Wind Turbines Decimate Bats

Fight disinformation: Sign up for the free Mother Jones Daily newsletter and follow the news that matters.


Big-eared-townsend-fledermaus.jpg We know wind turbines kill birds. Now a University of Calgary study shows they kill bats in even higher numbers. And not from collisions but from a sudden drop in air pressure known as barotrauma. Ninety percent of the bats examined post mortem showed signs of internal hemorrhaging consistent with barotrauma from the turbine blades. Only about half showed any evidence of direct contact with the blades.

Because they echolocate, bats seldom collide with manmade structures. But an atmospheric-pressure drop at wind-turbine blades is undetectable. And because they’re mammals, they die more than birds from barotrauma. Their balloon-like lungs have two-way airflow and flexible sacs surrounded by capillaries. When external pressures drop, the sacs overexpand and burst the capillaries. Bird lungs are more rigid with a one-way circular airflow and withstand pressure drops better.

Bat fatalities at wind turbines far outnumber bird fatalities and the majority of bats killed are migratory species that roost in trees—including hoary bats, eastern red bats, and silver-haired bats. Little is known about their population sizes. But wind turbines could devastate them. . . Simple solution. Don’t run the turbines at night. And for the sake of birds-of-prey, don’t run them during peak migrations.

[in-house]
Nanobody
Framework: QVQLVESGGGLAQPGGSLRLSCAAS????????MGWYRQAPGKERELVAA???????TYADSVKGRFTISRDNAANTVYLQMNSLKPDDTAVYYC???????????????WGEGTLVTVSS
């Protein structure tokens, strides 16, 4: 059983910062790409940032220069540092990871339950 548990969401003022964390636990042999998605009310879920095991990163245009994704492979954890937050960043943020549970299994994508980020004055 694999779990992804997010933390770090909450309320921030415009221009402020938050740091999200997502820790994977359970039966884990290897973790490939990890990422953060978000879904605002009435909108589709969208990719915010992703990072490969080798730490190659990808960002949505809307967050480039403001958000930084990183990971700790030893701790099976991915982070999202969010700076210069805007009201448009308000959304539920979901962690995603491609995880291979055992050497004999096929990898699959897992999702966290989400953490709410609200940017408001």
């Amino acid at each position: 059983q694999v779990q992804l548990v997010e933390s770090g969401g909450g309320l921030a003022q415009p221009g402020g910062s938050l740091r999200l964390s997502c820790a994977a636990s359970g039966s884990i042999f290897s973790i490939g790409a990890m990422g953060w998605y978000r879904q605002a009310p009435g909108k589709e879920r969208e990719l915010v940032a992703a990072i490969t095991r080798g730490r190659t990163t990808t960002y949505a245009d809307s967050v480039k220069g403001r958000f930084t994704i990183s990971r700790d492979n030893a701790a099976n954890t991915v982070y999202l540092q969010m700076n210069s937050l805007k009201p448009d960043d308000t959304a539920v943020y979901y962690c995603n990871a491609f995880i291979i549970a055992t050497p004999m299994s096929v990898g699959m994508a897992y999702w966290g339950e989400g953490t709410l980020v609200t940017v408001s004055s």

Julia Whitty is Mother Jones’ environmental correspondent, lecturer, and 2008 winner of the Kiriyama Prize and the John Burroughs Medal Award.

We've never been very good at being conservative.

And usually, that serves us well in doing the ambitious, hard-hitting journalism that you turn to Mother Jones for. But it also means we can't afford to come up short when it comes to scratching together the funds it takes to keep our team firing on all cylinders, and the truth is, we finished our budgeting cycle on June 30 about $100,000 short of our online goal.

This is no time to come up short. It's time to fight like hell, as our namesake would tell us to do, for a democracy where minority rule cannot impose an extreme agenda, where facts matter, and where accountability has a chance at the polls and in the press. If you value our reporting and you can right now, please help us dig out of the $100,000 hole we're starting our new budgeting cycle in with an always-needed and always-appreciated donation today.

payment methods

We've never been very good at being conservative.

And usually, that serves us well in doing the ambitious, hard-hitting journalism that you turn to Mother Jones for. But it also means we can't afford to come up short when it comes to scratching together the funds it takes to keep our team firing on all cylinders, and the truth is, we finished our budgeting cycle on June 30 about $100,000 short of our online goal.

This is no time to come up short. It's time to fight like hell, as our namesake would tell us to do, for a democracy where minority rule cannot impose an extreme agenda, where facts matter, and where accountability has a chance at the polls and in the press. If you value our reporting and you can right now, please help us dig out of the $100,000 hole we're starting our new budgeting cycle in with an always-needed and always-appreciated donation today.

payment methods

We Recommend

Latest

Sign up for our free newsletter

Subscribe to the Mother Jones Daily to have our top stories delivered directly to your inbox.

Get our award-winning magazine

Save big on a full year of investigations, ideas, and insights.

Subscribe

Support our journalism

Help Mother Jones' reporters dig deep with a tax-deductible donation.

Donate